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Author Topic: Aurora 2017 or HDR Express 3  (Read 1006 times)

rollsman44

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Aurora 2017 or HDR Express 3
« on: February 22, 2017, 03:34:19 PM »

Aurora 2017 or HDR Express 3
Trying to find a User Friendly HDR program and one that is User Friendly and easy to create Fantastic HDR images
Thanks
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kikashi

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Re: Aurora 2017 or HDR Express 3
« Reply #1 on: February 25, 2017, 04:51:14 AM »

Any particular reason you've selected those two? I have found Photomatix to be very good, particularly when I did the tone mapping in Lightroom. LR itself does a reasonable job, too.

Jeremy
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rollsman44

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Re: Aurora 2017 or HDR Express 3
« Reply #2 on: February 25, 2017, 08:07:33 AM »

recommended by another member of a different forum.  Thank you I will check that one out
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kirkt

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Re: Aurora 2017 or HDR Express 3
« Reply #3 on: February 27, 2017, 08:43:53 AM »

I have not trialed the most recent version of AuroraHDR or whatever it is being called now, but the first two or three iterations were not very good at coping with true HDR scenes.  The tone mapping operators in particular produced terrible results that were not undoable with the set of controls in the interface.  There were several issues I had with the tone, color and rendering of transitions, particularly at edges with fine detail or edges that were out of focus due to bokeh effects.  Maybe this has changed with the most recent iteration.  You will notice from the marketing materials that most images that are show as examples come from a sequence of three JPEGs or something similar.  This is probably a sign that the scene tonal range that Aurora can accept as a typical working range is not super big.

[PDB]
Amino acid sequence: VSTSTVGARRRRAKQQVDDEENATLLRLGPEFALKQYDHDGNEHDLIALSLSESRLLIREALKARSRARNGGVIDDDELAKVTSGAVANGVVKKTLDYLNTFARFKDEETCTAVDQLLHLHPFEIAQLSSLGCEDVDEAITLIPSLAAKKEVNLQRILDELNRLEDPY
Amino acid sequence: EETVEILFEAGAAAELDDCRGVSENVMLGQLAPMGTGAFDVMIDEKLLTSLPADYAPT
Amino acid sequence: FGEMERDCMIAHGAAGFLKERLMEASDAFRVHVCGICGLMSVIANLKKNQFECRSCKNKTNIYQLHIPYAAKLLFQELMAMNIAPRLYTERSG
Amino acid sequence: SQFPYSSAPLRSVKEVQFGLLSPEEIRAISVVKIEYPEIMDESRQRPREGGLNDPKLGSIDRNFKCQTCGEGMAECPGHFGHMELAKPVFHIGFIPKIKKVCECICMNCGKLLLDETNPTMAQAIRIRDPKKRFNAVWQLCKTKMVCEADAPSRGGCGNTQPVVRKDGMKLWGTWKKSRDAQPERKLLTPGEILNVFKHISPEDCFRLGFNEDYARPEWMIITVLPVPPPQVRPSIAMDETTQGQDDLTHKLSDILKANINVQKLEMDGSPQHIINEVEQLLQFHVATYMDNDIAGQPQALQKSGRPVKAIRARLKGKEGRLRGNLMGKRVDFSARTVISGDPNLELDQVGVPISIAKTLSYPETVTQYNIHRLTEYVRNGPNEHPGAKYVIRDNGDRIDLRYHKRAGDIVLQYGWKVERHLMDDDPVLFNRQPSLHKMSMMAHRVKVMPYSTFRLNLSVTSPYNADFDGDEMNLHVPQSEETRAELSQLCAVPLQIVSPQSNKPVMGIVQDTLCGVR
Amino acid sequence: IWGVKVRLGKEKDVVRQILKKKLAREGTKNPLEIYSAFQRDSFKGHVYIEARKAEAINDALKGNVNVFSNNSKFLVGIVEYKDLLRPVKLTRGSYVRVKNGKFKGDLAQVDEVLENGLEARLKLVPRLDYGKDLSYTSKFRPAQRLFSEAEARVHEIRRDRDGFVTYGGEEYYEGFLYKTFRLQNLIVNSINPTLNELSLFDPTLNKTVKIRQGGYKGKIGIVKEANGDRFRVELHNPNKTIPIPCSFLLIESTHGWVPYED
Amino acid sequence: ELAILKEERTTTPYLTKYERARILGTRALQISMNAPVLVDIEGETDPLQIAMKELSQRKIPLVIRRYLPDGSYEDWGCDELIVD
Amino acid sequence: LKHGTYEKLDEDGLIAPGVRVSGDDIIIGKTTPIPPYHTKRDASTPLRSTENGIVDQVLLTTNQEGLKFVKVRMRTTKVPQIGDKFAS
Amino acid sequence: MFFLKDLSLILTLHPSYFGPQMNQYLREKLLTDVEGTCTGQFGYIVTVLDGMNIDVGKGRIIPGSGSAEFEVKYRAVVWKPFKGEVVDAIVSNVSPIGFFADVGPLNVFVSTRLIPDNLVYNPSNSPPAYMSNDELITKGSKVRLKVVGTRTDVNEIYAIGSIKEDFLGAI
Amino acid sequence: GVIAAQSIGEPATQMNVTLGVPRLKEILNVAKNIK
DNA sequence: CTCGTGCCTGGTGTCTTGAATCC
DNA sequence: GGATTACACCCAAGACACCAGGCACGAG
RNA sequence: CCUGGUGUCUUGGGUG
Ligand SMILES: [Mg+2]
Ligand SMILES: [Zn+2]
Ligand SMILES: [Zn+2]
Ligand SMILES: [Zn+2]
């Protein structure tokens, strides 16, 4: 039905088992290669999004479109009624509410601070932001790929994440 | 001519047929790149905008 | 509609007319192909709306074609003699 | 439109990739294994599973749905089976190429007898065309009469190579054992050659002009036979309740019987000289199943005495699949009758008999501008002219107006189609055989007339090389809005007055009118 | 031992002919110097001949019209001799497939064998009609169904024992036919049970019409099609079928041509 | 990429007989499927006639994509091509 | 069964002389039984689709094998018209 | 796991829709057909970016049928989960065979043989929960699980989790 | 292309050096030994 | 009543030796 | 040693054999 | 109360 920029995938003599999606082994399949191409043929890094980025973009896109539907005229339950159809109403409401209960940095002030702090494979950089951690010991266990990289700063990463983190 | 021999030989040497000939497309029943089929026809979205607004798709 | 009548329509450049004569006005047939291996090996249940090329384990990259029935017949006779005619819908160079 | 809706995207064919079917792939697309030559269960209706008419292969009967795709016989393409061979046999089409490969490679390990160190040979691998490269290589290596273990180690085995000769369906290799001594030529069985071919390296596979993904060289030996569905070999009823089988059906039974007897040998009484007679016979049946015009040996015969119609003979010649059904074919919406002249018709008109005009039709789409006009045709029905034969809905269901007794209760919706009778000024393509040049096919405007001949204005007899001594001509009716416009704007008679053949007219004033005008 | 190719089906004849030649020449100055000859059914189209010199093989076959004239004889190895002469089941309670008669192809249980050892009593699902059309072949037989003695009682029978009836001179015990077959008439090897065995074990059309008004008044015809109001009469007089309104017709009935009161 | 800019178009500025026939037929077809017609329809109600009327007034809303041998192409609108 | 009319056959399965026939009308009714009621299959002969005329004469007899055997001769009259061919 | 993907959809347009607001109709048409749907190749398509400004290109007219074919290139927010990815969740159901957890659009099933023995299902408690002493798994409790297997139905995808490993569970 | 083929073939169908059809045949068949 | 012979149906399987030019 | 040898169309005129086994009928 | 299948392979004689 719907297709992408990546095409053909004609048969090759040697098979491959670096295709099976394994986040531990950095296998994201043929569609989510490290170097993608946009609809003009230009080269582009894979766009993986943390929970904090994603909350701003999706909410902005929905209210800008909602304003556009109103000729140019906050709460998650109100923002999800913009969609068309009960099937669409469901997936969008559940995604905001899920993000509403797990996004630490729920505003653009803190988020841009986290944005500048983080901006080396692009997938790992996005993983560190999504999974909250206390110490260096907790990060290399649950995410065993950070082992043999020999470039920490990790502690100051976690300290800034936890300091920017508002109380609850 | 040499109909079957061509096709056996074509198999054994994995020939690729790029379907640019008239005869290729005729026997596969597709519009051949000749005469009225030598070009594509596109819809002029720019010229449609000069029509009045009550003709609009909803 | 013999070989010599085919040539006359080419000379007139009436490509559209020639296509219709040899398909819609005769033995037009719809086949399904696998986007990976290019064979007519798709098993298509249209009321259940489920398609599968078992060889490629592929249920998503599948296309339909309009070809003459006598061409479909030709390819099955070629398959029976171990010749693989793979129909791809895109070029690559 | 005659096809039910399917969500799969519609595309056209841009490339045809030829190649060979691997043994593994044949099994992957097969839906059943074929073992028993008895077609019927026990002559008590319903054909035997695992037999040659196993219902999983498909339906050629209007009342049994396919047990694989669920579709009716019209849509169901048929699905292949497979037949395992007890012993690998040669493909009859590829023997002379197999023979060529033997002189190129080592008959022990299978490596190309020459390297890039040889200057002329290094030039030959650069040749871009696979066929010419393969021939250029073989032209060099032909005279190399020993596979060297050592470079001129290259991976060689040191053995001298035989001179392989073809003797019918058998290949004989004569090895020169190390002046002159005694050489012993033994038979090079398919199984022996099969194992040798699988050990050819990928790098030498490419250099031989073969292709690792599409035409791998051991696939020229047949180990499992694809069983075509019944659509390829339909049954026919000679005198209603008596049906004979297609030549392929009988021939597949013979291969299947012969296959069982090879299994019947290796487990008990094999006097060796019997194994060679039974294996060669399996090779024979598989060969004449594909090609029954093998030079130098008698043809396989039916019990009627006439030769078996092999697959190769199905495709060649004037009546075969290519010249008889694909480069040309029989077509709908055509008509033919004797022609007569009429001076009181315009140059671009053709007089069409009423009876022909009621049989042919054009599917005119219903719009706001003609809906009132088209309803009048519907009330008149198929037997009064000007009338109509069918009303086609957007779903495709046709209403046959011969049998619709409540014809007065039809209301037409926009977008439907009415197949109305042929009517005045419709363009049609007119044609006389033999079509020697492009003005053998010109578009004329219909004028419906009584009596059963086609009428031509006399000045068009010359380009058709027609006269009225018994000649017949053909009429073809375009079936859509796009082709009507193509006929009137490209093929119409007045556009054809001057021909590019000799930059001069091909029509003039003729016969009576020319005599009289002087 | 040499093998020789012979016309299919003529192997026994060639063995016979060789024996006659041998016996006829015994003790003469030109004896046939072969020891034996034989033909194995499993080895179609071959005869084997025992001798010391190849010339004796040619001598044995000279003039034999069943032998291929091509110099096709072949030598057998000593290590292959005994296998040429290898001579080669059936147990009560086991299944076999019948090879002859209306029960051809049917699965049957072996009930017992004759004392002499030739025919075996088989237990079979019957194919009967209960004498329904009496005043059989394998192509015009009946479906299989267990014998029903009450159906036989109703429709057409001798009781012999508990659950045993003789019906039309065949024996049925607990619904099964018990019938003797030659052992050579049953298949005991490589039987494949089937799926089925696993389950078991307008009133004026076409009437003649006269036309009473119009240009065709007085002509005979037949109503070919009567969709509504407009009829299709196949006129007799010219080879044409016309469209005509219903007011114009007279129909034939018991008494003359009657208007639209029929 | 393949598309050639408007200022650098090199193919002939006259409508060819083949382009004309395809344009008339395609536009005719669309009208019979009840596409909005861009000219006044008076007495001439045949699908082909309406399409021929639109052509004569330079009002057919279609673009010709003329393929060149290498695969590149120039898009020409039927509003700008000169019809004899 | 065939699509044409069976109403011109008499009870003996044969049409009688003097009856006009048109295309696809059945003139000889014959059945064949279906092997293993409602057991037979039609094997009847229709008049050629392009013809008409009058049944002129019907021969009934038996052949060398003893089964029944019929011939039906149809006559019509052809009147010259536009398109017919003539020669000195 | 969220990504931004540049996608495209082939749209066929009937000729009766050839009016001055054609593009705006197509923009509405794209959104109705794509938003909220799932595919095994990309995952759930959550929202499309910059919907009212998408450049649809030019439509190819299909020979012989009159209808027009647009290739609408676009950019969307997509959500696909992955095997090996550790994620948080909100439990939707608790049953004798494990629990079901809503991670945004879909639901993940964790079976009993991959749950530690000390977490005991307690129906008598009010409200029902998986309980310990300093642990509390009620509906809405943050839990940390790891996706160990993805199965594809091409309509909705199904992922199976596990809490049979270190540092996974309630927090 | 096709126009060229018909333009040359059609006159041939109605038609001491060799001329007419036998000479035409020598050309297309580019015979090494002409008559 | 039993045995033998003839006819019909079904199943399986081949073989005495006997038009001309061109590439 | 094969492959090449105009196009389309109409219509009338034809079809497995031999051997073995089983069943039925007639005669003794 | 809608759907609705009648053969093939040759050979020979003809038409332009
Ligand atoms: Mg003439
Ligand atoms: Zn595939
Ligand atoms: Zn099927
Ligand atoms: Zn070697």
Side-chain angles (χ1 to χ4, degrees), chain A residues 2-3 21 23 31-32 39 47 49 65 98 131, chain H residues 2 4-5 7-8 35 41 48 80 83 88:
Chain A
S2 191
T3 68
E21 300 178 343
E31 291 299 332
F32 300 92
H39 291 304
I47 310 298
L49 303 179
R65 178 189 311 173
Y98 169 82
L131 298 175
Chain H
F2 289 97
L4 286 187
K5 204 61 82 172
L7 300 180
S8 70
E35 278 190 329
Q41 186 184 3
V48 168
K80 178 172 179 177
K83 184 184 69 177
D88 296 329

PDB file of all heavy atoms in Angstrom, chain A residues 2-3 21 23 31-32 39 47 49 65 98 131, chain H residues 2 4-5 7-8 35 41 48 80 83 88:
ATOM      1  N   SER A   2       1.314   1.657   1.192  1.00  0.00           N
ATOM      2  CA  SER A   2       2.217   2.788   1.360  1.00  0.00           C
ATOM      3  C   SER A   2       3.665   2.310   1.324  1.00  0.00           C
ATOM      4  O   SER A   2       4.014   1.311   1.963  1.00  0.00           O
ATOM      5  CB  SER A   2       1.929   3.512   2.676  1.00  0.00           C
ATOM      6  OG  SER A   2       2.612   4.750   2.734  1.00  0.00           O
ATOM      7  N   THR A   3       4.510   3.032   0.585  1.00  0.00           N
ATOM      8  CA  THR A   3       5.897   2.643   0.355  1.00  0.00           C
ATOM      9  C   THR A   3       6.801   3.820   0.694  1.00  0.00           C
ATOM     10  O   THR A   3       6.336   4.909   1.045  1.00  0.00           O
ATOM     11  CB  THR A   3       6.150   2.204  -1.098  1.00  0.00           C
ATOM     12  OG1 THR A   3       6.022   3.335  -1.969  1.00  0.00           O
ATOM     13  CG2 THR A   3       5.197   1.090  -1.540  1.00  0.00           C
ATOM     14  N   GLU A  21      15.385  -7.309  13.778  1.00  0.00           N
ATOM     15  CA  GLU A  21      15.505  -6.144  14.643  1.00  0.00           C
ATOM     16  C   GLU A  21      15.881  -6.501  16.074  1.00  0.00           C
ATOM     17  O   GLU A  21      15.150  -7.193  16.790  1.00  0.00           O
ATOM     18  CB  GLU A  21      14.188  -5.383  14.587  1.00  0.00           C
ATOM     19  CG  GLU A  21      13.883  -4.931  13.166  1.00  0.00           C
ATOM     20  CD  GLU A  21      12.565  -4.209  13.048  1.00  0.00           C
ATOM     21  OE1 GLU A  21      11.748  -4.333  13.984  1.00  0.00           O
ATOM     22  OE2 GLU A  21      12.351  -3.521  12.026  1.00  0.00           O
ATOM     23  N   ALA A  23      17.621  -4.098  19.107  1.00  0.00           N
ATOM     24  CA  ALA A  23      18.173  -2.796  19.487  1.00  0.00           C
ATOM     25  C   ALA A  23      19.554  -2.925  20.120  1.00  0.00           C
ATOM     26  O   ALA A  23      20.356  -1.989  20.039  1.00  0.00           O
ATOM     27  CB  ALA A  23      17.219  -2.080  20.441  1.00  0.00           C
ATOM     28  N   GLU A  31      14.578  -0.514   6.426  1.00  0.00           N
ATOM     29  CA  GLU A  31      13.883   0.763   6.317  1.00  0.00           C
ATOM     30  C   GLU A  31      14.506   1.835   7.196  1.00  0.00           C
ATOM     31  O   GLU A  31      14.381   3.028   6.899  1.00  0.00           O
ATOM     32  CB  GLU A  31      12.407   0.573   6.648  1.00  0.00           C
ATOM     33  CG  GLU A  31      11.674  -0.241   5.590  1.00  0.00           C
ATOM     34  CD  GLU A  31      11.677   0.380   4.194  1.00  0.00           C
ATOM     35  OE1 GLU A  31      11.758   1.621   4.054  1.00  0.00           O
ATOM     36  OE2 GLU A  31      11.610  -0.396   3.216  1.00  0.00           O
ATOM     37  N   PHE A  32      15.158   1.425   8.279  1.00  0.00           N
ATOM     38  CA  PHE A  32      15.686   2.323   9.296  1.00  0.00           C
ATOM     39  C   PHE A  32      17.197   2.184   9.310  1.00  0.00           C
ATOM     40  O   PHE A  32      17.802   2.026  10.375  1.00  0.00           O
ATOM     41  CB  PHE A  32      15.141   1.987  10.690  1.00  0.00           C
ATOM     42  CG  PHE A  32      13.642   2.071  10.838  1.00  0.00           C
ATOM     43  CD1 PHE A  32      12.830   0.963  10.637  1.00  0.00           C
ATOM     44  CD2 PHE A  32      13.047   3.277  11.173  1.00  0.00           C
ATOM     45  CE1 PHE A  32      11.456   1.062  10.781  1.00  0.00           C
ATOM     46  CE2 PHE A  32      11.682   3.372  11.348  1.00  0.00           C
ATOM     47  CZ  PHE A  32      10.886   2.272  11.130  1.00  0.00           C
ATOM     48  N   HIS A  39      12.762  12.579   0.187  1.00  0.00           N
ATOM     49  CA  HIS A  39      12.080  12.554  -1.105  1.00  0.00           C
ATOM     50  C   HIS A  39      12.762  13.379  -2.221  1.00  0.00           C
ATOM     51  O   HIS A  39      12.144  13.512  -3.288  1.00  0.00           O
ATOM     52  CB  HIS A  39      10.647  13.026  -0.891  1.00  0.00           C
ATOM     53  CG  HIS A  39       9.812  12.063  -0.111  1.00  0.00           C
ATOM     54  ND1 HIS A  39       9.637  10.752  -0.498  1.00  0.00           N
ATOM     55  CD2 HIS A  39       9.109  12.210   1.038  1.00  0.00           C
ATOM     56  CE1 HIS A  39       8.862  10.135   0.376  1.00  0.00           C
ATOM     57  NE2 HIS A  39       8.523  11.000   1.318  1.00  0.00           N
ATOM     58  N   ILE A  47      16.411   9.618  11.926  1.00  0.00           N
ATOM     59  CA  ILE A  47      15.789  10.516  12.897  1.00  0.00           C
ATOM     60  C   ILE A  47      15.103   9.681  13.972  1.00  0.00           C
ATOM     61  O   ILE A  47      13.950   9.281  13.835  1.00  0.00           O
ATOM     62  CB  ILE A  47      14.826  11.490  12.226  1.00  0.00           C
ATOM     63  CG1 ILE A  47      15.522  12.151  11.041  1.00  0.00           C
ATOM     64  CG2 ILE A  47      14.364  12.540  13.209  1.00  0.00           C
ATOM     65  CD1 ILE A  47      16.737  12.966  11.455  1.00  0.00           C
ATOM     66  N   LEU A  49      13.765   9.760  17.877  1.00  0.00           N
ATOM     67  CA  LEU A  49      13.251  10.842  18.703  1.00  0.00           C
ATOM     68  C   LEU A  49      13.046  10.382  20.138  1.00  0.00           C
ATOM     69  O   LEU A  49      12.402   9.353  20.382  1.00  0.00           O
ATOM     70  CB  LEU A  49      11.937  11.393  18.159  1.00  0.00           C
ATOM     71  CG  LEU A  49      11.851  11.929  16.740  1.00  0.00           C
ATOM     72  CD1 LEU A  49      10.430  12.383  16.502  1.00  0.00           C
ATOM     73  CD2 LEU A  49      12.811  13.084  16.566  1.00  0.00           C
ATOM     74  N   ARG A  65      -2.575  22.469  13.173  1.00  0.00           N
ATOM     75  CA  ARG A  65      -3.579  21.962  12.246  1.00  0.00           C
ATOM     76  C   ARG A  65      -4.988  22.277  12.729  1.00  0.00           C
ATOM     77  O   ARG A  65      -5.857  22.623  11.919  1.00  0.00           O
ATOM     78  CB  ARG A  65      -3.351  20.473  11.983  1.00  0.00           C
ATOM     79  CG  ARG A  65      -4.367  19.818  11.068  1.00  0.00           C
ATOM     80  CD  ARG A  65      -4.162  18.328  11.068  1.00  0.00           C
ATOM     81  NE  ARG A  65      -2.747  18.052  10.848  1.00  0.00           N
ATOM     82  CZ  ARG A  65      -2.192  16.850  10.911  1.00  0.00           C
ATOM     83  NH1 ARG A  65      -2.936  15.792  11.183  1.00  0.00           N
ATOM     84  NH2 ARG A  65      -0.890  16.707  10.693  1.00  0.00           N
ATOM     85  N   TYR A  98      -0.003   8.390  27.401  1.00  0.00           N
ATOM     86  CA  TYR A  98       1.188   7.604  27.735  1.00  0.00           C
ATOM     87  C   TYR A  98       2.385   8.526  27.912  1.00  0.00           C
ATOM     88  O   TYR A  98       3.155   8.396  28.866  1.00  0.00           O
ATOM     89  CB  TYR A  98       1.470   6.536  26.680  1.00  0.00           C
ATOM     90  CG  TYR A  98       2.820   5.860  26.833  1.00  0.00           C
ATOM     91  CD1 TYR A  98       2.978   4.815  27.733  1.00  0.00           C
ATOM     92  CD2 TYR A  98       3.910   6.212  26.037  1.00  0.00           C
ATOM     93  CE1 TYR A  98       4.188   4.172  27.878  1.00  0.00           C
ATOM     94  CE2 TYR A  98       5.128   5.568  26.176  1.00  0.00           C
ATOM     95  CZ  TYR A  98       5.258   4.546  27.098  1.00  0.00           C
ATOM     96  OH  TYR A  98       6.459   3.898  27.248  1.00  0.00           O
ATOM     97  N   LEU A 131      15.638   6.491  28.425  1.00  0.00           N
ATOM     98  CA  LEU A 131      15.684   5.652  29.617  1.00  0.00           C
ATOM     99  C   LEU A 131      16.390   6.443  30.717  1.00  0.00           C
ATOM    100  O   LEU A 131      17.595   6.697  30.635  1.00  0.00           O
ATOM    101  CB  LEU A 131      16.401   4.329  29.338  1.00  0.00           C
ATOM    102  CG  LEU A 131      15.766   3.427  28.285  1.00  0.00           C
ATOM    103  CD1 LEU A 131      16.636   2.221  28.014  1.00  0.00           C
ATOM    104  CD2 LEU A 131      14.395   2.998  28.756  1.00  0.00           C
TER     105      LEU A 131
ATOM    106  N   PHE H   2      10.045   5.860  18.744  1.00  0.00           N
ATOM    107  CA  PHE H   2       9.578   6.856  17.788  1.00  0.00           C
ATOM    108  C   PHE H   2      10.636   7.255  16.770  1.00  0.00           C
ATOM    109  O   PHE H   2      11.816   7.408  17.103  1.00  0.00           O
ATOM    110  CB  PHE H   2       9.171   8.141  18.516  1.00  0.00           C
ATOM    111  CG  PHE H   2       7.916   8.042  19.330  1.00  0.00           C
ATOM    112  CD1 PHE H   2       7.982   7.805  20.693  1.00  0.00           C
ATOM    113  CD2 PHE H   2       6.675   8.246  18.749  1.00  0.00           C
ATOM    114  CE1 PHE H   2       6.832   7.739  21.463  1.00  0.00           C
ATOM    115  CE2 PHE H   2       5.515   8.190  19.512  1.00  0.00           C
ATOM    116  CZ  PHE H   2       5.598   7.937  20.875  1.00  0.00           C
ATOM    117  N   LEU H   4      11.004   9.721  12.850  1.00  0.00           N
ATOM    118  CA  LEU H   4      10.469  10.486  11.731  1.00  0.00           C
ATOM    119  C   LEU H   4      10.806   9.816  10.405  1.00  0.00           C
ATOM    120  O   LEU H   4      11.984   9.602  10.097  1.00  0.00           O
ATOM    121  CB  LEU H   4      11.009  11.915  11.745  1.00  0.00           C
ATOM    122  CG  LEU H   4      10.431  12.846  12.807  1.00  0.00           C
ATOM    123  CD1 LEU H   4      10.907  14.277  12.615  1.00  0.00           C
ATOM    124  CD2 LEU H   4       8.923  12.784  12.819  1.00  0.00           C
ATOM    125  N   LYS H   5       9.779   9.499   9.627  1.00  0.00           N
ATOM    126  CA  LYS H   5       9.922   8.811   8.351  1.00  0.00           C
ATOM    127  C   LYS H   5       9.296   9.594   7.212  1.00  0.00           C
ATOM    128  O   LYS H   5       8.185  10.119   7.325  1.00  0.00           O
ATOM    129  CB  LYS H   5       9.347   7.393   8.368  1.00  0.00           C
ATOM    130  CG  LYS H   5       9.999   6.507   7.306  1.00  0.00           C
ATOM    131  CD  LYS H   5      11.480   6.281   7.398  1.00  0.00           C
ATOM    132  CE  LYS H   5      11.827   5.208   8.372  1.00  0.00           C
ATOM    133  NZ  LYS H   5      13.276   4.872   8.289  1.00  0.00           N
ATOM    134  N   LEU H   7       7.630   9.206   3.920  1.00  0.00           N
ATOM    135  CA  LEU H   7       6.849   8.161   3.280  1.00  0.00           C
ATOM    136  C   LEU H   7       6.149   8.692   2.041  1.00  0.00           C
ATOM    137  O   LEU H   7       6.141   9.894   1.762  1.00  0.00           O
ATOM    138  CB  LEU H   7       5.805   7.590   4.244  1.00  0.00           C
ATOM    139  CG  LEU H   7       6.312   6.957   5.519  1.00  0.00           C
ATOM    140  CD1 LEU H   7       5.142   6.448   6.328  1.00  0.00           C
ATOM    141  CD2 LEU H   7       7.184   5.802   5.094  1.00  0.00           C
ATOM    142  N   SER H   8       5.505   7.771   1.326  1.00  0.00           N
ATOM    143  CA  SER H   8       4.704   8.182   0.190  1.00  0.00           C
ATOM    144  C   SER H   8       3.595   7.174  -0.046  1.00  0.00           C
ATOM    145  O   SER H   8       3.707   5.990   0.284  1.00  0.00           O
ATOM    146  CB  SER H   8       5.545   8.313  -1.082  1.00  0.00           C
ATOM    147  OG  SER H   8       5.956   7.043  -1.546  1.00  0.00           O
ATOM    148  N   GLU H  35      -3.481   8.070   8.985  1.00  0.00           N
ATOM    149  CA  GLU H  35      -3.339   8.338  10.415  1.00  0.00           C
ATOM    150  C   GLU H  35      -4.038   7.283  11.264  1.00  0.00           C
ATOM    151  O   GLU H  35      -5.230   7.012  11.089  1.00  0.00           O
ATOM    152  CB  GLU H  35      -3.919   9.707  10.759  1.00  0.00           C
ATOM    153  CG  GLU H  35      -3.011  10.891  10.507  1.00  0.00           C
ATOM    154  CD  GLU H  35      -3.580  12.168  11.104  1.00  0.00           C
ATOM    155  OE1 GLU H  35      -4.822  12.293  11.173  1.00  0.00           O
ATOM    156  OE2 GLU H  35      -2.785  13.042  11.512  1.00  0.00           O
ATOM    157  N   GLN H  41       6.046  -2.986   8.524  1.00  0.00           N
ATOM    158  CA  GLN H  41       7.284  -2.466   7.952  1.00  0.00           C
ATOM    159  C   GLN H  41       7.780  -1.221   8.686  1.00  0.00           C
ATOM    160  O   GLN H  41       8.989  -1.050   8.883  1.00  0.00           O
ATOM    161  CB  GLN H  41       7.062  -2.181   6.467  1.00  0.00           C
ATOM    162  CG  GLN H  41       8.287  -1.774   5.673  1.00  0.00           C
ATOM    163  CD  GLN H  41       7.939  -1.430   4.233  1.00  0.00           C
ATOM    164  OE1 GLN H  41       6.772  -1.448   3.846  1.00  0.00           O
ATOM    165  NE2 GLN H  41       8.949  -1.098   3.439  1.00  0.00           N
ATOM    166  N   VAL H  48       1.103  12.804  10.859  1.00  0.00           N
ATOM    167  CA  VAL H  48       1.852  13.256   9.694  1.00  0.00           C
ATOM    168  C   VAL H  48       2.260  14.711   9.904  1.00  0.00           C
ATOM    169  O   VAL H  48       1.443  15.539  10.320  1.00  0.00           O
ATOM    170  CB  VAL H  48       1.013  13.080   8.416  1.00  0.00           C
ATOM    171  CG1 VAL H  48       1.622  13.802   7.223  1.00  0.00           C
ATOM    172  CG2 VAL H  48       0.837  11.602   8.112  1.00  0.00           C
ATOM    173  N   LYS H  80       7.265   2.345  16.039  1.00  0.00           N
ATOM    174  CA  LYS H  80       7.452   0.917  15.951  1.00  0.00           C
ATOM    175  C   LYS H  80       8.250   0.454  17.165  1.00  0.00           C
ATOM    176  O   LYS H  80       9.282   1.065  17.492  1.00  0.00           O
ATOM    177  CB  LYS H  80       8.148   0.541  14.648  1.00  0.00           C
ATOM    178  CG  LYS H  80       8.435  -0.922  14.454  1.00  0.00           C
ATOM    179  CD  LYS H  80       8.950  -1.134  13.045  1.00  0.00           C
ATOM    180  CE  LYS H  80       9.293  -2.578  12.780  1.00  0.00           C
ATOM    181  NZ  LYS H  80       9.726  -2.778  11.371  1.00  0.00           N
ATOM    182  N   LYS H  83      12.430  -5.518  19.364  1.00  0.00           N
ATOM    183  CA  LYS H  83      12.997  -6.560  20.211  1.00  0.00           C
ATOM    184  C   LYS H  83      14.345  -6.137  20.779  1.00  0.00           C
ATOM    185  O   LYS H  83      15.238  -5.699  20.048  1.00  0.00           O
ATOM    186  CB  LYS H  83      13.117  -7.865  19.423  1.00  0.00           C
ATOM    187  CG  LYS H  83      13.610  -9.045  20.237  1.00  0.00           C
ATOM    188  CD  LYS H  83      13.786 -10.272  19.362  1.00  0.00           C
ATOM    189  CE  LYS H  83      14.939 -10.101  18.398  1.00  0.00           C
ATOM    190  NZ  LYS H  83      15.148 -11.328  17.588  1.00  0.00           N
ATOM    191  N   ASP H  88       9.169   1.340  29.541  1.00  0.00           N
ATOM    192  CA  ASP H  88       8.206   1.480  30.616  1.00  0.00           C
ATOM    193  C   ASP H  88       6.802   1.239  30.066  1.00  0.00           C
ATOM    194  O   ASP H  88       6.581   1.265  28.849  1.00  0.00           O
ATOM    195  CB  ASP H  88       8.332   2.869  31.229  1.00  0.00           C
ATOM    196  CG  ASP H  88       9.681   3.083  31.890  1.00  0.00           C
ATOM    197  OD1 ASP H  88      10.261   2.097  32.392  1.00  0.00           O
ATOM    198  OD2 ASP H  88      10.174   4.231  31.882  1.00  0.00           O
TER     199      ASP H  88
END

HDR Express is a slimmed-down version of HDR Expose and can cope with a wide dynamic range, typically.  If I had to suggest one application over the other, I would suggest HDR Express.  I use HDR Expose, but I am assuming that HDR Express still shares the basic merge and tone mapping controls with HDR Expose.

Give both of them a try with a few sets of HDR data that test various features and weak points of HDR applications.  Then you can compare apples to apples in terms of ease of use, quality of merger and color and tone reproduction of the LDR output.

kirk
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D White

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Re: Aurora 2017 or HDR Express 3
« Reply #4 on: March 09, 2017, 11:20:17 PM »

Or perhaps it is time to take a serious look at combining images through use of luminosity masks. I blew much time and aggravation trying to find the HDR holy grail, in the end I do not think it exists on a consistent basis. The reasons it fails are many.

The cost can range anywhere from free to 40-50 bucks for an extension plug-in for PS that semi automates some of the process while providing all the operator input you want.

Good hunting.
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